The Fianna Fáil politician has offered his reaction to the latest Gaza airstrike.
Tánaiste Micheál Martin has released an official statement on the ongoing situation in Gaza, Palestine.
This comes after an Israeli strike in the densely populated Jabalya refugee camp in the north of Gaza.
Even before that incident, Craig Mokhiber, the director of the New York office for the UN’s refugee agency had penned a resignation later and blamed the organisation for failing to prevent ‘mass atrocities’. He wrote:
‘As someone who has investigated human rights in Palestine since the 1980s, lived in Gaza as a UN human rights advisor in the 1990s, and carried out several human rights missions to the country before and since, this is deeply personal to me
‘In Gaza, civilian homes, schools, churches, mosques, and medical institutions are wantonly attacked as thousands of civilians are massacred. In the West Bank, including occupied Jerusalem, homes are seized and reassigned based entirely on race, and violent settler pogroms are accompanied by Israeli military units. Across the land, apartheid rules.’
The Israeli strike on the Jabalya refugee camp caused catastrophic damage and killed a large number of people, prompting this response from the Tánaiste:
Death toll continues to rise in Gaza
It’s believed the air-strike was intended to kill a Hamas commander. Jabalya, like many other refugee camps in the Strip, is crowded with homes, shops, and apartment buildings.
A statement by the Israel Defense Forces says the airstrike targeted and killed Ibrahim Biari.
It goes on to say that Biari was responsible for an attack on Israel in early October which killed over 1,400 people with hundreds more taken hostage.
Tánaiste Micheál Martin reacts to Gaza news
Micheál Martin opens the statement by saying he is “deeply shocked” by the number of casualties following the air strike. He goes on to clarify Ireland’s stance on Israel’s use of force in the Gaza region:
“Ireland has made clear on many occasions that Israel’s right to defend itself must be within the parameters of International Humanitarian Law. The law of war always applies.”
Gaza’s Hamas-run health ministry says 50 people were killed in the strike with approximately 150 wounded. However a nearby hospital says it received around 400 casualties, including 120 dead.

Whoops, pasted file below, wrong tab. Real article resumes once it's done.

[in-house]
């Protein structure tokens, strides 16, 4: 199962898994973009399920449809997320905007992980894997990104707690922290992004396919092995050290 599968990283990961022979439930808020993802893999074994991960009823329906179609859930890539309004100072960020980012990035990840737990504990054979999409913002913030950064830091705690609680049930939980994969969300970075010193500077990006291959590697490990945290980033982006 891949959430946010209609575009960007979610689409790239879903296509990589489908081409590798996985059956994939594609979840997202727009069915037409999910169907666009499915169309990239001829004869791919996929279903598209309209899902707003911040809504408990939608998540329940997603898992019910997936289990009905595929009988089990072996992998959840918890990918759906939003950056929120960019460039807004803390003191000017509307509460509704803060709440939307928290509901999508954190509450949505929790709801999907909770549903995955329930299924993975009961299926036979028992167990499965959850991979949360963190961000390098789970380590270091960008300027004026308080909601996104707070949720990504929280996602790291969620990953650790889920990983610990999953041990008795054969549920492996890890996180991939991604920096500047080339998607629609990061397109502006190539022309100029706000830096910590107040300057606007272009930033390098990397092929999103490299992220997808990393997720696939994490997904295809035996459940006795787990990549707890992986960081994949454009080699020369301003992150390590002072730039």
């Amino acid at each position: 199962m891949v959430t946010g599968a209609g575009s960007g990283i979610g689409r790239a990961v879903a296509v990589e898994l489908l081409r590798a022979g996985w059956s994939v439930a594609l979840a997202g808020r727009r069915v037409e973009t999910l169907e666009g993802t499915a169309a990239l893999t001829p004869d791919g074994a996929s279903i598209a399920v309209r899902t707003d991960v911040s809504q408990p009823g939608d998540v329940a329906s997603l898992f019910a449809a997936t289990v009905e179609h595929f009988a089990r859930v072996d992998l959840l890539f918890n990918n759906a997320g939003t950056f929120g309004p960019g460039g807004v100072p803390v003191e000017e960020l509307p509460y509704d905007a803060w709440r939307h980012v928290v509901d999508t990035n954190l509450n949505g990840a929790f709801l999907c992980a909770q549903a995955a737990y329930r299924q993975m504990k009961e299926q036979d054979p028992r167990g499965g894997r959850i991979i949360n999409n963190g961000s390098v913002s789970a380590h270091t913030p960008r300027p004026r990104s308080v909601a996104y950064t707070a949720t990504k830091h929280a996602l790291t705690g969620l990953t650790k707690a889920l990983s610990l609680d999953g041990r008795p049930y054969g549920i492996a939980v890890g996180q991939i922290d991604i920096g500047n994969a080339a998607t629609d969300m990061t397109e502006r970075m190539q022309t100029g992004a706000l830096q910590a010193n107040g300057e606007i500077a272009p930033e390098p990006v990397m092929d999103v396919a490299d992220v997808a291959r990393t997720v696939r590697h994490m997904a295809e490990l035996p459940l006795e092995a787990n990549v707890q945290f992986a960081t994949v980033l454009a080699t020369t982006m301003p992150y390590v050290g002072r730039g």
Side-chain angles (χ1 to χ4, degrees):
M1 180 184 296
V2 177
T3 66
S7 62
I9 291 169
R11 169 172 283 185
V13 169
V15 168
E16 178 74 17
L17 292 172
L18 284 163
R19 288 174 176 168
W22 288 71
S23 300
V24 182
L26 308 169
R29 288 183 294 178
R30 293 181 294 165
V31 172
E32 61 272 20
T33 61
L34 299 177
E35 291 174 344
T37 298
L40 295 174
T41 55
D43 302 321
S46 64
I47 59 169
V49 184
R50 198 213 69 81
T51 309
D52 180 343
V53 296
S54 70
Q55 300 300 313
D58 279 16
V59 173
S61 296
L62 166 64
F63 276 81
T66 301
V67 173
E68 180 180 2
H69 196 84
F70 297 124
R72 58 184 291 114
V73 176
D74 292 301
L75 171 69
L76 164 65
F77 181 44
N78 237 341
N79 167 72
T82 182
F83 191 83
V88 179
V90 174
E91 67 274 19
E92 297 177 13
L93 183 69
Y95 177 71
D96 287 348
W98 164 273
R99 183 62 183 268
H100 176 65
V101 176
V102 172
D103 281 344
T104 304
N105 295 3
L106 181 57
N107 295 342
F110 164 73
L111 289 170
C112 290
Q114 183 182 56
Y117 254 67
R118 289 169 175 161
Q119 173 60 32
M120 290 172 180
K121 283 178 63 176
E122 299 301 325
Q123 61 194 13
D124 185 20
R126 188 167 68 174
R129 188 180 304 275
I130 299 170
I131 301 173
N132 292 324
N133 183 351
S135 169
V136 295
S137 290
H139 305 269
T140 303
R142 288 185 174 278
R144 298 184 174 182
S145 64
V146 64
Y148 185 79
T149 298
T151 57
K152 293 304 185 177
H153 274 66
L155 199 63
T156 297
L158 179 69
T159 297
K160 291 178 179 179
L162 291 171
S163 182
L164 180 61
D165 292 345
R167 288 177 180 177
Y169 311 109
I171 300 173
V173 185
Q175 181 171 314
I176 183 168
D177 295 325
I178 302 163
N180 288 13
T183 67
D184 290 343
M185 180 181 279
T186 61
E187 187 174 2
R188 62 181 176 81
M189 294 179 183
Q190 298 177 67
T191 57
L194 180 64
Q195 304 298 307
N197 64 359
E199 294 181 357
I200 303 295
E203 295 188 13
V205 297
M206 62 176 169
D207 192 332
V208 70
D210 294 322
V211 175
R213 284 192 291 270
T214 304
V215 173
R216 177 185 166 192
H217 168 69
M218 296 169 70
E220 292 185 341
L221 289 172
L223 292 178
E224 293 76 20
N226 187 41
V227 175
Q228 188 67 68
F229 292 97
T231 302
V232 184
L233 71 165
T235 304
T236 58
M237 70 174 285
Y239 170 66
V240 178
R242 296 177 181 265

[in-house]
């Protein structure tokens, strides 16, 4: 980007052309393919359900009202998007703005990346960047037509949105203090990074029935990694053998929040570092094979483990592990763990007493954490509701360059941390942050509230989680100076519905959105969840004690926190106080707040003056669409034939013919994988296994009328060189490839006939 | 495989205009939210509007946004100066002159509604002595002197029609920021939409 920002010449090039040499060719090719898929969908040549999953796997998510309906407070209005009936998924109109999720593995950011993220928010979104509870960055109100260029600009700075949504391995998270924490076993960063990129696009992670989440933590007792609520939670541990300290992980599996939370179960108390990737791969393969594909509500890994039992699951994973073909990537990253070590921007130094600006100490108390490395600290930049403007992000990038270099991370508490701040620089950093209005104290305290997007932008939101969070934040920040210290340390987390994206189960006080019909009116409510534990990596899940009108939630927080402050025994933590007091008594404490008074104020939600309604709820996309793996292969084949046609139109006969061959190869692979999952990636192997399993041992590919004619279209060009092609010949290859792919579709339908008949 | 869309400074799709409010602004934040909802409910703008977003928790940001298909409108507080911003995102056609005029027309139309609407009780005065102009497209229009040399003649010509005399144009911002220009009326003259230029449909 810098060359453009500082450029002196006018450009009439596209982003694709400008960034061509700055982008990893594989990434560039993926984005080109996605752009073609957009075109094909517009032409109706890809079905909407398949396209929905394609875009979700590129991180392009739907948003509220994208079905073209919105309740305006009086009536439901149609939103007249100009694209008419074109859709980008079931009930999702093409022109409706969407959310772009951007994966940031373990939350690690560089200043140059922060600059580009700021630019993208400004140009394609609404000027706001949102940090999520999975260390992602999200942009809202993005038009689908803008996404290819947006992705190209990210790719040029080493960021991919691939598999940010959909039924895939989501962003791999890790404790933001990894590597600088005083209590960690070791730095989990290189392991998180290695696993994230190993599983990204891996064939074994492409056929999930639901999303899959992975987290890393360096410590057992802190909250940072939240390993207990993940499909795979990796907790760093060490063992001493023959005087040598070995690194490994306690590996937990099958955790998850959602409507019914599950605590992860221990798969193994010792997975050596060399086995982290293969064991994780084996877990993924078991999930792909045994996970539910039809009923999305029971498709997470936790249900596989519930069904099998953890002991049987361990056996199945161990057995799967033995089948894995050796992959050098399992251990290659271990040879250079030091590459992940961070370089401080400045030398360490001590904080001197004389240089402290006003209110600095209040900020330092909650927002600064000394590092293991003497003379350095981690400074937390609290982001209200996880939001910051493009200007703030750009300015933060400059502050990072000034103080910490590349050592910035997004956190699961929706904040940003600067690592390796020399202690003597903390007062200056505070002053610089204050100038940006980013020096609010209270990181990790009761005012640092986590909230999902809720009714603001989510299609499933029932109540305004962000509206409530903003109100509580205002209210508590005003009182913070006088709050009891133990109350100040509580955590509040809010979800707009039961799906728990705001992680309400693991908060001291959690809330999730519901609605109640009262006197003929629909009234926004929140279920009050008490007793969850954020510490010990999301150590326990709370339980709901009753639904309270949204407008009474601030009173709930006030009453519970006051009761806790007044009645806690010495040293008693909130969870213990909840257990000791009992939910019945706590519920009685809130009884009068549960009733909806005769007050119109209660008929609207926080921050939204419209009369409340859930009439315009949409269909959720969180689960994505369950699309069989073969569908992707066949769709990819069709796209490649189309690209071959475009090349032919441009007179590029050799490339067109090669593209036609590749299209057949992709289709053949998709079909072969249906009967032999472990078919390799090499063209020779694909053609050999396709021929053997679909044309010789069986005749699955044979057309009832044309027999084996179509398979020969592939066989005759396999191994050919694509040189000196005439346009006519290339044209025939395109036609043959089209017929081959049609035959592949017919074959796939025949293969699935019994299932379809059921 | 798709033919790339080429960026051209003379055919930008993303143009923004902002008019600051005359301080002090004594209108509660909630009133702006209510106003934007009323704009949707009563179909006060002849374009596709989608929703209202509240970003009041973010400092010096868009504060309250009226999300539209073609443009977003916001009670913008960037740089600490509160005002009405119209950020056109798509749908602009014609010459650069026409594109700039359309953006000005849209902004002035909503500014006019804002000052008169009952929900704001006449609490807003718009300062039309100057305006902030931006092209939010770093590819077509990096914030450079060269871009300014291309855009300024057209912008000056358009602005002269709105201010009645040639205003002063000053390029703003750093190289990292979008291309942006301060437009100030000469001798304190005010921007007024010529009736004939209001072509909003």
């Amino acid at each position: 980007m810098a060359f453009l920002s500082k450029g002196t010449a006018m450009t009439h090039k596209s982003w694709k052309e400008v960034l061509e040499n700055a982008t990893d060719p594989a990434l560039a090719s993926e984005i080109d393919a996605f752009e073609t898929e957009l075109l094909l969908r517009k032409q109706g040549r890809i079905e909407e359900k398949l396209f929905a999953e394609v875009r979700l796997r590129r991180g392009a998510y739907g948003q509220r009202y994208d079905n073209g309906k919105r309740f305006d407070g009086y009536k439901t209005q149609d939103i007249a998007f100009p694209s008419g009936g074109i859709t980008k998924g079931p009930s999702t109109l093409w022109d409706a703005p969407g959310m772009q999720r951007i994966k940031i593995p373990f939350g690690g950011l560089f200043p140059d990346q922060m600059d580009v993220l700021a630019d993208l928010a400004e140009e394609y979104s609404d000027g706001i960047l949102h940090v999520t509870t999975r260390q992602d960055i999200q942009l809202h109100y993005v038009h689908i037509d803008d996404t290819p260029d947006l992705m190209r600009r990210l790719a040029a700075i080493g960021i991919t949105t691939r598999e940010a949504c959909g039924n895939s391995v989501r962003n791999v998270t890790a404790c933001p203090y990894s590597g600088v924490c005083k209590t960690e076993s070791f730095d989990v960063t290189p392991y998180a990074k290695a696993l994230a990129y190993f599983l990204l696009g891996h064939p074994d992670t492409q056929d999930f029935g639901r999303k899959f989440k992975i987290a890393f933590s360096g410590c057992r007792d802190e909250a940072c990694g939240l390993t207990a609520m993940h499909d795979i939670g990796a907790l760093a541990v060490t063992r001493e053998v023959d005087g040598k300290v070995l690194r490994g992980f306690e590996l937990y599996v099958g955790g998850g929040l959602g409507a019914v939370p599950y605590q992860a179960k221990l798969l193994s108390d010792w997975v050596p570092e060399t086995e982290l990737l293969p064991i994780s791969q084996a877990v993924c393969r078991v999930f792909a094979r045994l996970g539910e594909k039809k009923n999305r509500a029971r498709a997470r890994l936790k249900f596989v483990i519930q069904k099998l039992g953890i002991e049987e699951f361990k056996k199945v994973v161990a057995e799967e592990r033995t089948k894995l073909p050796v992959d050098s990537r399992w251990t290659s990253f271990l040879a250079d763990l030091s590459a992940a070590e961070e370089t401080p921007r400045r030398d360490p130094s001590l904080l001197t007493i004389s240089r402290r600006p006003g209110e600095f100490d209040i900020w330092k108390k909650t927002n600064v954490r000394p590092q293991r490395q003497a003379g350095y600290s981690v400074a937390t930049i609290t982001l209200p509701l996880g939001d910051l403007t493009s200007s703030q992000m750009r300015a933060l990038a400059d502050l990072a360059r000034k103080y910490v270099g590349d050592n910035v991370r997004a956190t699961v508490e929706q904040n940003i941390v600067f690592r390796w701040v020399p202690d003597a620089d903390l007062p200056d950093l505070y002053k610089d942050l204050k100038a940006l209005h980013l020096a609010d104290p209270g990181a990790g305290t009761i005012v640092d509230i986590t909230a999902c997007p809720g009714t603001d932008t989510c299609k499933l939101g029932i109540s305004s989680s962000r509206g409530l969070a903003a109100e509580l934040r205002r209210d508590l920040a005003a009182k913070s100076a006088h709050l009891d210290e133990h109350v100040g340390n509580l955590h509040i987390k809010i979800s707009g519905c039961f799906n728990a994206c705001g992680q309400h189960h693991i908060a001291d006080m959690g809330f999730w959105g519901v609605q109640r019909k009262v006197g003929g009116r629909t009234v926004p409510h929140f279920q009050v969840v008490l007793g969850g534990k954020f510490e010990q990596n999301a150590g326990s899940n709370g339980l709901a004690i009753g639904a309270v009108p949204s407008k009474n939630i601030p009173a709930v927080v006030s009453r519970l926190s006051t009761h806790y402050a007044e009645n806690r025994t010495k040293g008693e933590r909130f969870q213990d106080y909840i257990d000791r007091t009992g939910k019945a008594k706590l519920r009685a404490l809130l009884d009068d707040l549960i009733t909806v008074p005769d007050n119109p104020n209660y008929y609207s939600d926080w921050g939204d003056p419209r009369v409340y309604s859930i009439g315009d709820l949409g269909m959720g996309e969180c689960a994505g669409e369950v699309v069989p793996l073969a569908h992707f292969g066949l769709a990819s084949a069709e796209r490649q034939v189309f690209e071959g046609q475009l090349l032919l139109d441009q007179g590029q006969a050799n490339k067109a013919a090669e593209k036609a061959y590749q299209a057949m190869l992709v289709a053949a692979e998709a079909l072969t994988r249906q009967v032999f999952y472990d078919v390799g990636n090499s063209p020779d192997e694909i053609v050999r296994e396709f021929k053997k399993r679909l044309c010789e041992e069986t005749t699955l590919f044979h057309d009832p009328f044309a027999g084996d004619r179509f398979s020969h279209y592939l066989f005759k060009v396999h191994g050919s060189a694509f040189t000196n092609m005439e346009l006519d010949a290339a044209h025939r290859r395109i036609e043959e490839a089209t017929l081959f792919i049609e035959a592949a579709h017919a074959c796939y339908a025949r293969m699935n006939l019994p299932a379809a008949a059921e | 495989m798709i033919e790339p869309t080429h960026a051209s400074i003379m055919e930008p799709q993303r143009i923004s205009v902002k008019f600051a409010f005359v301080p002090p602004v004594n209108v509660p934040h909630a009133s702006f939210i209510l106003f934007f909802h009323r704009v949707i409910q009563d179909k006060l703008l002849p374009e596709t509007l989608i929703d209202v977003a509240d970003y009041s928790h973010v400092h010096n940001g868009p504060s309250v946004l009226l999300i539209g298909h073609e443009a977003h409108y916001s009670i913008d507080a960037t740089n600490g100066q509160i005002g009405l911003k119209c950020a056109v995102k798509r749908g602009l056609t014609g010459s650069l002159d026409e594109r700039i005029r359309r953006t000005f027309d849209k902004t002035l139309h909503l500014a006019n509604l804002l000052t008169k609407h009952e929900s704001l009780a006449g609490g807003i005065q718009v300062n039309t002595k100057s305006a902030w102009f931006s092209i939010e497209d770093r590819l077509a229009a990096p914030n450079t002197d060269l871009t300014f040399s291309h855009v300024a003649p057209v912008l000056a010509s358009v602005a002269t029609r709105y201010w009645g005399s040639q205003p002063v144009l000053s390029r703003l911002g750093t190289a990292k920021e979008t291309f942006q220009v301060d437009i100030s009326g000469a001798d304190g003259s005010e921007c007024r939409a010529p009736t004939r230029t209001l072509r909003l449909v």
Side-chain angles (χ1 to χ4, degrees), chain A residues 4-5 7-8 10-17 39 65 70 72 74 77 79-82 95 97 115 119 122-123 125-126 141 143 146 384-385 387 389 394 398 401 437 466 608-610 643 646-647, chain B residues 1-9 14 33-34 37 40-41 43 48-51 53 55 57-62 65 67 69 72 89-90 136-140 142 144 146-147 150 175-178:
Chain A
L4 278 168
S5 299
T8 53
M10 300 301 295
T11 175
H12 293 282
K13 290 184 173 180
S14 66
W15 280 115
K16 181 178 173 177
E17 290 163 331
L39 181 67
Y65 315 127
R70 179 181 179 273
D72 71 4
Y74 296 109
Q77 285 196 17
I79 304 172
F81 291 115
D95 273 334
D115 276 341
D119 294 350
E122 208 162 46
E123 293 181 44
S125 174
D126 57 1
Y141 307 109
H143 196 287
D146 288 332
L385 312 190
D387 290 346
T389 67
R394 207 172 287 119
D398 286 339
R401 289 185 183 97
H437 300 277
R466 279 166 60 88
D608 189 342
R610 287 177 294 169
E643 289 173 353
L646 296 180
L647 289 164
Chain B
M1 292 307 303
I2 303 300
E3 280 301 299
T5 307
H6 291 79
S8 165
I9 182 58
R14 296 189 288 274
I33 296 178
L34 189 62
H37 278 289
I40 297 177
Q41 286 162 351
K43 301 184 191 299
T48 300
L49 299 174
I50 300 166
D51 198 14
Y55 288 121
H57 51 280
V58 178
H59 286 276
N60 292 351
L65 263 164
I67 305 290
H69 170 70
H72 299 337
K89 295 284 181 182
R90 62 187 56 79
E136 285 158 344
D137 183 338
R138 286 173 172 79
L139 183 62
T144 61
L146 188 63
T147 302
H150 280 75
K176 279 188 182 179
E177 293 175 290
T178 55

Last month Micheál Martin insisted that the protection of civilians has to be the centre of work towards a “just and sustainable peace”.
This latest statement on Gaza echoes that, and calls for an immediate ceasefire. The Tánaiste says that access to vital supplies for citizens in Gaza should also be scaled up.
Taoiseach Leo Varadkar called for similar outcomes at a summit in Brussels, last week. The summit was dominated by talk of the Middle East and both short and long-term solutions for the innocent civilians in Gaza. Varadkar had this to say on the topic:
“What Hamas wants is an escalation They want to see this conflict spread to the wider region. And there are other people, quite frankly, in other parts of the world who would like to see that too, because it would take focus off Ukraine.
“So it’s very important that we don’t fall into that trap.”
“Ireland will be making a strong case that there should be a humanitarian ceasefire in Gaza,” he added, “an opportunity for us to get humanitarian aid in and get EU citizens out, that we fully stand over Israel’s right to defend itself, condemn the terrorists who attacked their civilians, but how the response is conducted is important in terms of future security for the whole region, including here in the European Union.”
The United Nations estimates that about 117,000 displaced civilians are staying in 13 hospitals across the north of Gaza along with thousands of patients and medical staff.
Thousands more are seeking shelter in schools, UN facilities, and other public buildings.
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